For beginning sports bloggers just setting out on their respective journeys, there’s nothing wrong with starting on WordPress.com while you get your bearings. Upgrading isn’t too hard these days.
The benefit of going toward WordPress.org is that you have full ownership of your content, along with getting the software needed to start a sports blog. That includes web hosting, which you can read a little more about here. I’ve never had a bad experience with Bluehost, which is why that would be my go-to recommendation.
Getting a personalized domain will get the “WordPress” out of your URL, meaning it would look like something to the effect of https:// [your blog name] .com.
Lock in Your Sports Blog’s Name and Niche
These two things are very important on their own, but they kind of go hand-in-hand, too. You’ve gone through the necessary steps on the platform of your choice and you’re on the verge of officially becoming the owner of a sports blog.
But what should you name the blog? It’s good to make sure that it’s not only related to your niche, but you also can’t find a similar one easily out on the interwebs.
So before coming up with a name, it’ll be important to settle on a targeted niche. That sounds like a long and laborious process, but it actually won’t take long. Here are three steps to take if you need help narrowing down to a specific topic:
Step 1: List all the sports and teams you love and follow (from most to least).
Step 2: Write down the websites you frequent to consume content about these sports/teams.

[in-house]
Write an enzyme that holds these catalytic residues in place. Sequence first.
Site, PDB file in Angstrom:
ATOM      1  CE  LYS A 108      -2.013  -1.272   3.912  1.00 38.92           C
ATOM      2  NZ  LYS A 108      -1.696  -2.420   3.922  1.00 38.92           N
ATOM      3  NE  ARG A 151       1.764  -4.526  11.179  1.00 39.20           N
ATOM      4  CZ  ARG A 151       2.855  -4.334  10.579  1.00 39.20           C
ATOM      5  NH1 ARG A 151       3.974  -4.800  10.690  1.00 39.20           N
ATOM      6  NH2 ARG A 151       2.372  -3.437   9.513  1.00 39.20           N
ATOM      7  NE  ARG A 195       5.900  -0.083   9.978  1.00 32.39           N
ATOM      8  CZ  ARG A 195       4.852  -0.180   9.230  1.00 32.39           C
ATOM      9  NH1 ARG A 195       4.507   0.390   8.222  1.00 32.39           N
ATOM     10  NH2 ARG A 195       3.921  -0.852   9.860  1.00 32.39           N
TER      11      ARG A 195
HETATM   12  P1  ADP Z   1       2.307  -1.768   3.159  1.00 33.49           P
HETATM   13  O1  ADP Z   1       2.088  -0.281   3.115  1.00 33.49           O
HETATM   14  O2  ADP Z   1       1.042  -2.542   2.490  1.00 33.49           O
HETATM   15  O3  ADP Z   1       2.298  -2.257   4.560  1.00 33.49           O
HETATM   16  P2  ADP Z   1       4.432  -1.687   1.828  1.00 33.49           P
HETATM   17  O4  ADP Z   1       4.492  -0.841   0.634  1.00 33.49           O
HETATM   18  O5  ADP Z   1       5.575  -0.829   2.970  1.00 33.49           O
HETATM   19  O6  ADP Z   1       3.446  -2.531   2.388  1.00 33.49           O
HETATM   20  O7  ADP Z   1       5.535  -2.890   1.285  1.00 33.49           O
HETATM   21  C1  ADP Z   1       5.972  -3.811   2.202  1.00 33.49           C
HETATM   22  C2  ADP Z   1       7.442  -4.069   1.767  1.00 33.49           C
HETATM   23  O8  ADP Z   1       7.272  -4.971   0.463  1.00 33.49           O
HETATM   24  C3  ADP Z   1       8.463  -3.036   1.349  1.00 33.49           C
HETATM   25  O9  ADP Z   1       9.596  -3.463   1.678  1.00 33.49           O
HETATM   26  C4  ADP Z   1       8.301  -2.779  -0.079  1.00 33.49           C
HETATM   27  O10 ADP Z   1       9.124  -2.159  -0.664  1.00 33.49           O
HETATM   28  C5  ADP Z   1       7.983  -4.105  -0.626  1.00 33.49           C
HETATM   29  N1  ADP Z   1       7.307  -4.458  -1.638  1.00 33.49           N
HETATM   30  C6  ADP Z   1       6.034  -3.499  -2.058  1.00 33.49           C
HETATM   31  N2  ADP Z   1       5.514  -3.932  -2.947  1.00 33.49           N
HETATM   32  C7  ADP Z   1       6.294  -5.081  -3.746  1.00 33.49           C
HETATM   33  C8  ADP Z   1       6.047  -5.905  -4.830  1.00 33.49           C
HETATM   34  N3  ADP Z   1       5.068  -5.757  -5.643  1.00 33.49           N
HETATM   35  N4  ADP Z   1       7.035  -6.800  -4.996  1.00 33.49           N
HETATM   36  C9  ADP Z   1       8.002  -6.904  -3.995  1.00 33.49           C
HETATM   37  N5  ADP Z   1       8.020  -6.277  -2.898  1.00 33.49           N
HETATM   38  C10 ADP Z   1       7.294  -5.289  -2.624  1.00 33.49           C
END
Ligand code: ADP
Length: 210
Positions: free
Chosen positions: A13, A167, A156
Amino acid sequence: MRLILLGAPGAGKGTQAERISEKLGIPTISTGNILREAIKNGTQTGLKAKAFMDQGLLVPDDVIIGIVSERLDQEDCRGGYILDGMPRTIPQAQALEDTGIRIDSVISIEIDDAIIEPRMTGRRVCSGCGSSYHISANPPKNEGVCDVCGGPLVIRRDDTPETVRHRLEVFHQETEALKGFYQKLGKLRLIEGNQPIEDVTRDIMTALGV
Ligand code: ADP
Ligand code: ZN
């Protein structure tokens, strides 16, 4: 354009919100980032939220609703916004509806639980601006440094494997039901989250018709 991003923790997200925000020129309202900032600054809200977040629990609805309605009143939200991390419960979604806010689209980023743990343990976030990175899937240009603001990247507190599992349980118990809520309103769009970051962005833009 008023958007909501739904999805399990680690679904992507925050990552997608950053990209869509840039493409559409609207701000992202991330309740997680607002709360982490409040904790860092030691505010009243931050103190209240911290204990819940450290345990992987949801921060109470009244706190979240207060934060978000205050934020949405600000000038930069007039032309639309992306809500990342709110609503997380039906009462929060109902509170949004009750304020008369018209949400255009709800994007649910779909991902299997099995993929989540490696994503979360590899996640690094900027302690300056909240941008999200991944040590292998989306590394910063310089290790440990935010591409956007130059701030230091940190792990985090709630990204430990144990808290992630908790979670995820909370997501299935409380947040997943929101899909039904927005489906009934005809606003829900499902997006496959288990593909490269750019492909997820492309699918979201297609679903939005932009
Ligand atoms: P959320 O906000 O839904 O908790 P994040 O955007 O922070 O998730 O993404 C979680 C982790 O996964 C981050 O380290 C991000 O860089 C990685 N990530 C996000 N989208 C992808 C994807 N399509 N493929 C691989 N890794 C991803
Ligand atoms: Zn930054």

Step 3: In a few words, explain why these sites are your “go-to” for sports information.
I always find it better to have things like this written down instead of just thinking about them — this helps in the decision-making process. And while I know you probably want to write about everything, pick just one sport or team to focus on at the very beginning. Sports blogging is a grind, and if you put too much pressure/work on yourself at the very beginning, there’s a good chance you’ll burn out quickly and never see the fruit of your labor.
An example I use in my Sports Blogging 101 book is Tim Dierkes of MLB Trade Rumors. He literally spent years perfecting MLBTR before even thinking about expanding to another sport. Once he extended the Trade Rumors brand to basketball, it was then another number of years before diving into football and hockey.
That’s because the old adage of “It’s better to be great at one thing instead of OK at a bunch of things,” holds true here. Pick one specific niche and get really good at covering that particular subject. Doing so allows you time to think, plan, and even take a breath during that specific sport’s offseason. Once you feel comfortable enough as a sports blogger and within that particular topic, then think about expanding — especially if you’re the sole contributor to your blog.